This Week in Princeton History for May 18-24

In this week’s installment of our recurring series bringing you the history of Princeton University and its faculty, students, and alumni, the Nassau Lit celebrates its centennial, pranksters kidnap a professor during a final exam, and more.

May 18, 1942—The Nassau Literary Review’s centennial issue comes out, with selections from many of its best-known historical contributors, including F. Scott Fitzgerald, Booth Tarkington, Woodrow Wilson, Jacques Maritain, and Norman Thomas.

Cover of the Nassau Literary Review, May 1942.

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This Week in Princeton History for May 11-17

In this week’s installment of our recurring series bringing you the history of Princeton University and its faculty, students, and alumni, an angry bystander punches a graduate student protester, a professor arrives in Athens after drifting 100 miles at sea, and more.

May 11, 1966—Nearly 400 protesters demonstrate their opposition to the American involvement in the Vietnam War during U. S. President Lyndon B. Johnson’s visit to Princeton University. (Johnson is present for the dedication of the Woodrow Wilson School.) A bystander reportedly expresses disagreement with the protesters by punching a graduate student involved.

Photo from the Daily Princetonian.

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This Week in Princeton History for May 4-10

In this week’s installment of our recurring series bringing you the history of Princeton University and its faculty, students, and alumni, Whig-Clio representatives meet with Henry Kissinger, Jimmy Stewart gives his last student theater performance, and more.

May 4, 1867—After Princeton’s baseball team defeats Yale 58 to 52, both teams have dinner together at Mercer Hall, parting “the best of friends after their short acquaintance.”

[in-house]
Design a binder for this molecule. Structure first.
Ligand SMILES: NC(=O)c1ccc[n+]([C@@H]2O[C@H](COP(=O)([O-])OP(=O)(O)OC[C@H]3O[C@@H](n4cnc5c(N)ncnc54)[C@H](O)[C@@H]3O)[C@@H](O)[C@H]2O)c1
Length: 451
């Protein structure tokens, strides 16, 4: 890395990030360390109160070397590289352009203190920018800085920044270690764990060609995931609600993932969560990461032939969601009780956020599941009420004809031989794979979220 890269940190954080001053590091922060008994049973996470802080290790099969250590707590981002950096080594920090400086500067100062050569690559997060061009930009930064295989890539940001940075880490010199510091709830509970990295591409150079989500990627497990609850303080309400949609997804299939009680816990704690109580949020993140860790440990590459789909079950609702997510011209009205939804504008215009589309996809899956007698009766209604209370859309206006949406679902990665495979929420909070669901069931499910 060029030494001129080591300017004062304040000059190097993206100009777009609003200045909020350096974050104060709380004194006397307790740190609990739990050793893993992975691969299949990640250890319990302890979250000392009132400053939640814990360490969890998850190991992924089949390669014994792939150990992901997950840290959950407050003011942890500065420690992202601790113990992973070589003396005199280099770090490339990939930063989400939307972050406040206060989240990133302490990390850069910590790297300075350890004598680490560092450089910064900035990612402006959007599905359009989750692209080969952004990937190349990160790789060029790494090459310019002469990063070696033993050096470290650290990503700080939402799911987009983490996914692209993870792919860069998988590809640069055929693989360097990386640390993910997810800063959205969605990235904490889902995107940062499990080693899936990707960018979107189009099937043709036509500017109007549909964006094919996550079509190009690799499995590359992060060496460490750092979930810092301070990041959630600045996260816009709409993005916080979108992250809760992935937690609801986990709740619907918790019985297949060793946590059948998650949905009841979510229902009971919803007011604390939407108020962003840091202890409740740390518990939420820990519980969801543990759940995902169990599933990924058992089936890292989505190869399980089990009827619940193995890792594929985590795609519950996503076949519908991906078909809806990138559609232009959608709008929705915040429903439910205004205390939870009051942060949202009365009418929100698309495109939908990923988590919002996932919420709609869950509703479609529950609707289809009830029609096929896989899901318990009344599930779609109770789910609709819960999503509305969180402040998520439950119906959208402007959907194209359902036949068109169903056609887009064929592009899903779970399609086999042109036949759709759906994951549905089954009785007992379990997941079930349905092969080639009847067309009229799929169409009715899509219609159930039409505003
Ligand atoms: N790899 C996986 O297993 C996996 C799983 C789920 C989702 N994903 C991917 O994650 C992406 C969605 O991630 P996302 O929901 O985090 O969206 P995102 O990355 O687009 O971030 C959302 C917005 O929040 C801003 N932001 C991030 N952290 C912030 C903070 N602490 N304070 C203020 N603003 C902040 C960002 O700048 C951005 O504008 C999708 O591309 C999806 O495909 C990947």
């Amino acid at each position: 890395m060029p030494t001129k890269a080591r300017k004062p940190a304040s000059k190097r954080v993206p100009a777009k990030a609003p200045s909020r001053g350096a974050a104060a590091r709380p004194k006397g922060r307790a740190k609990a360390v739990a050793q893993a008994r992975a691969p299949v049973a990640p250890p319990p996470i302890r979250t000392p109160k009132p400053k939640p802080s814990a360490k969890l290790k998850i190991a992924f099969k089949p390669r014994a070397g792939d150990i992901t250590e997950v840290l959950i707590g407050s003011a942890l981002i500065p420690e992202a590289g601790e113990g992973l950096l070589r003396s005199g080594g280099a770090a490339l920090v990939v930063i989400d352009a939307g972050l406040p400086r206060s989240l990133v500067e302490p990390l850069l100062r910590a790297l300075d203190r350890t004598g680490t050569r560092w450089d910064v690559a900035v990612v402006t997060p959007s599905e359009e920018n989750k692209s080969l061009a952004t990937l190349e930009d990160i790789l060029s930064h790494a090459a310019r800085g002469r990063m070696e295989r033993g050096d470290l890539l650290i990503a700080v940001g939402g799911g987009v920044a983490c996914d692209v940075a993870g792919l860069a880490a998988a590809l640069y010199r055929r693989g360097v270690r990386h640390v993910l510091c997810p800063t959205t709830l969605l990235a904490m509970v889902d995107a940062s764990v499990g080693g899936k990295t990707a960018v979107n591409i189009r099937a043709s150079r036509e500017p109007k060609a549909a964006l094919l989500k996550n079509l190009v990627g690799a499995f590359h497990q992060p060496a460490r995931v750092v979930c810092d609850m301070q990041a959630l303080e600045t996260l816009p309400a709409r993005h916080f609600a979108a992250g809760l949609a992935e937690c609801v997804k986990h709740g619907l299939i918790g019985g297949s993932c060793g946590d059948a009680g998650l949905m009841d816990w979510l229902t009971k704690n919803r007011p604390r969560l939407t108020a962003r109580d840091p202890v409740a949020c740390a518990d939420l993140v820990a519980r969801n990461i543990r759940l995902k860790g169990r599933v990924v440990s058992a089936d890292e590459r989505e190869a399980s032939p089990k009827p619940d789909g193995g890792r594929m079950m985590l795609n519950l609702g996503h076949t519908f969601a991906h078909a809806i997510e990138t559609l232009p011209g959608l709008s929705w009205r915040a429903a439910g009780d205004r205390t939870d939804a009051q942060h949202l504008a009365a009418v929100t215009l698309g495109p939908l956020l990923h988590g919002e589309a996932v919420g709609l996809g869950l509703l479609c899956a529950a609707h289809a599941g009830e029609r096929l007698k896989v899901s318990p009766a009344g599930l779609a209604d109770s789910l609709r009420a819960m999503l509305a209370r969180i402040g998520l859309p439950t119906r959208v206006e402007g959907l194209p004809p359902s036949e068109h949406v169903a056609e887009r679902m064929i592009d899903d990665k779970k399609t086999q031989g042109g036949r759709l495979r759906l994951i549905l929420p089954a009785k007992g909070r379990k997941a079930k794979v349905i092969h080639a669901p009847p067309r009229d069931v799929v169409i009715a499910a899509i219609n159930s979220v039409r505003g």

May 5, 1970—Nine members of Whig-Clio and two journalists from the Daily Princetonian meet with Richard Nixon’s chief foreign policy advisor, Henry Kissinger, at the White House. What is usually a routine 4-day annual “Project Update” has become, at the direction of organizers Christopher Godfrey ’72 and Deborah Leff ’73, a vehicle to communicate Princeton’s opposition to the U.S. invasion of Cambodia and the purpose of the Princeton Strike to officials in Washington.

May 6, 1932—In response to its notable success earlier in the spring, which drew Mary Pickford and representatives from Paramount, Warner Brothers, and Fox to Princeton to attend performances of the play, Theatre Intime restages “Nerissa” with its original cast. Jimmy Stewart ’32 is giving what is expected to be the last acting performance of his life in the supporting role of “McNulty.”

Jimmy Stewart ’32, at right, as “McNulty” in “Nerissa,” Spring 1932. Theatre Intime Records (AC022), Box 17.

May 10, 1876—Students attend the opening of the Centennial Exposition in Philadelphia, the first official World’s Fair in the U.S., which celebrates the 100th anniversary of the signing of the Declaration of Independence. Arthur Bryan, Class of 1878, will later write in the class history book: “A special train was chartered to take us to and from the Centennial grounds, and early in the morning it bore us rapidly away from Princeton. … The ride back from Philadelphia afforded no opportunity for sleeping, as the noise made by singing, patriotic speeches and cat-calls prohibited every approach toward somnific obliviousness.”

For the previous installment in this series, click here.

Fact check: We always strive for accuracy, but if you believe you see an error, please contact us.

This Week in Princeton History for April 27-May 3

In this week’s installment of our recurring series bringing you the history of Princeton University and its faculty, students, and alumni, James McCosh is elected president of the College, thousands turn out to witness Firestone Library open for the first time, and more.

April 27, 1980—Princeton Against Registration and the Draft (PARD) holds its second protest of Jimmy Carter’s proposal for requiring registration for selective service, in spite of the country not being at war.

April 29, 1868—The Board of Trustees elects James McCosh as president of the College of New Jersey.

James McCosh, ca. 1870s. Historical Photograph Collection, Individuals Series (AC067), Box AD13.